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Tree & Shrub care

Mulching and Landscaping

During the growing season, many homeowners and landscapers apply mulch to trees and shrubs. Some of the benefits of wood mulch products are:

  • Keeps roots cool in the summer and warm in the winter.
  • Maintains soil moisture, reducing the need for watering.
  • Inhibits certain plant diseases.
  • Keeps damaging weed whackers and lawn mowers away from plants.
  • Improves soil fertility.

The guidelines for proper mulching suggest that mulch should be applied at a depth of 2 to 4 inches, and spread to the drip line—the outermost extension of the branches. In our cramped urban setting this can be difficult to achieve, so applying mulch as broadly as practical will still benefit plants.

Mulch can have a negative effect and should be kept away from the trunk of trees to prevent rotting and provide good air circulation. Applying a new layer of mulch each year creates a buildup that can block oxygen and moisture from reaching the roots. That “fresh” look can be achieved by turning last year’s application with a rake or pitchfork. 

Another mulching mistake that can kill a tree is "volcano mulching." This describes mulch that has been piled up in the shape of a cone around the base of trees, in some cases a foot or more high. Raised retaining systems, which commonly include the installation of landscape blocks/bricks around the base of the tree and filled with soil and possible topped with mulch, are also not recommend. This type of landscaping has a similar effect of "volcano mulching." Click here for more information about the proper way to mulch.

The Chicago Tribune has featured guidance for mulching and landscaping around trees and shrubs.  Please click here to read the article.

Free Wood Chips

The Village regularly offers wood chips to its residents, which can be ordered by submitting a service request. Public Works can deliver full truckloads only (approximately 3 cubic yards) directly to your home. For smaller quantities, residents can stop by the Public Works garage at 45 Forest and take whatever is needed.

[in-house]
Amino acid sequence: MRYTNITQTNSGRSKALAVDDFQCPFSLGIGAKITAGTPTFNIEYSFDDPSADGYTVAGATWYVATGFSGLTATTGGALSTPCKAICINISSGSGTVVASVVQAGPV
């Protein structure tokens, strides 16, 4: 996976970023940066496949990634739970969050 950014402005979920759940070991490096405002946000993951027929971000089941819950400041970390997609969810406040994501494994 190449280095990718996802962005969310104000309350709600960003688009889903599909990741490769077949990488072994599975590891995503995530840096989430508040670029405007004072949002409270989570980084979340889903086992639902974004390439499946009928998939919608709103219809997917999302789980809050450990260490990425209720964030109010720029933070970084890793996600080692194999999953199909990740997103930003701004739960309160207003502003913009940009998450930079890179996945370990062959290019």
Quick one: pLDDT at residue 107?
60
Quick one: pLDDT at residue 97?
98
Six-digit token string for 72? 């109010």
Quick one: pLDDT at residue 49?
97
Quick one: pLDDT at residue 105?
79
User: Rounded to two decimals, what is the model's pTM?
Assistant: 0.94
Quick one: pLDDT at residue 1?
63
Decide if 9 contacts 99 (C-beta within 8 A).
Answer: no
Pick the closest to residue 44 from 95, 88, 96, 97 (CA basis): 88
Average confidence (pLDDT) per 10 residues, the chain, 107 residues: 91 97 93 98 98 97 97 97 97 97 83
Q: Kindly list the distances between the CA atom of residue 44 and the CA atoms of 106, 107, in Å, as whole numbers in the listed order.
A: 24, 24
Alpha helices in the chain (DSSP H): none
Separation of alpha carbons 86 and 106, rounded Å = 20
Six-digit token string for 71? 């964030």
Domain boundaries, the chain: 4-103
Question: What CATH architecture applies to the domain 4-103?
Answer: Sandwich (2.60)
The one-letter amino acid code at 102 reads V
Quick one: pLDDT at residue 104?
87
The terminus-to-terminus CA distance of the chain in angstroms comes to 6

Drought Survival Tips for Trees and Shrubs

Homeowners are urged to continue watering trees and shrubs due to continued dry soil conditions and a rain shortage. It is important to know that trees and shrubs will benefit from continued watering – even trees and shrubs that have lacked sufficient watering throughout the summer. Here are some drought-readiness tips from The Morton Arboretum:

  • Focus watering efforts on trees and shrubs – not grass. Grass goes dormant and will turn green again when water is available. Trees can die without water.
  • Depending on air temperatures, trees and shrubs need at least 1 inch of water applied every week to 10 days to cope with lack of rain. Larger, established trees have a wide-spreading root system and need not be watered as frequently, perhaps every 2 to 3 weeks. Let the top few inches of soil dry out between waterings to avoid saturation and to allow roots and soil organisms to breathe.
  • Water slowly and deeply so water percolates down into the soil, electing one or two deep waterings as opposed to several light ones.
  • Use soaker hoses and drip irrigation -- effective watering tools because they discharge even streams of slow, trickling water directly to the root zone beneath trees and shrubs. When combined with a 3 or 4-inch layer of organic mulch, plants can use nearly all of the water that's provided with little evaporation loss.
  • When watering small trees, let a hose run slowly at its base until the ground is moist. For large trees, let the hose run at various points around the tree's drip line – the imaginary line on the ground that encircles a tree's extended branches.
  • Water shrubs at the plant base and under the spread of branches until soil is moistened to a depth of 6 to 8 inches.
  • When using a sprinkler system, place a container nearby to measure when you have distributed 1 inch of water to the soil.
  • Prioritize watering, caring for newly transplanted trees and shrubs first, then those that have been in the ground from 2 to 5 years and have under-developed root systems. Next, water “specimen” trees or important trees, then all other plants.
  • Water strategically. Plants absorb more water in the early morning, before the warming sun can cause evaporation.
  • Avoid using fertilizer during drought conditions. Fertilizer salts can cause root injury when soil moisture is limited.

For additional information, visit or call 630-719-2424.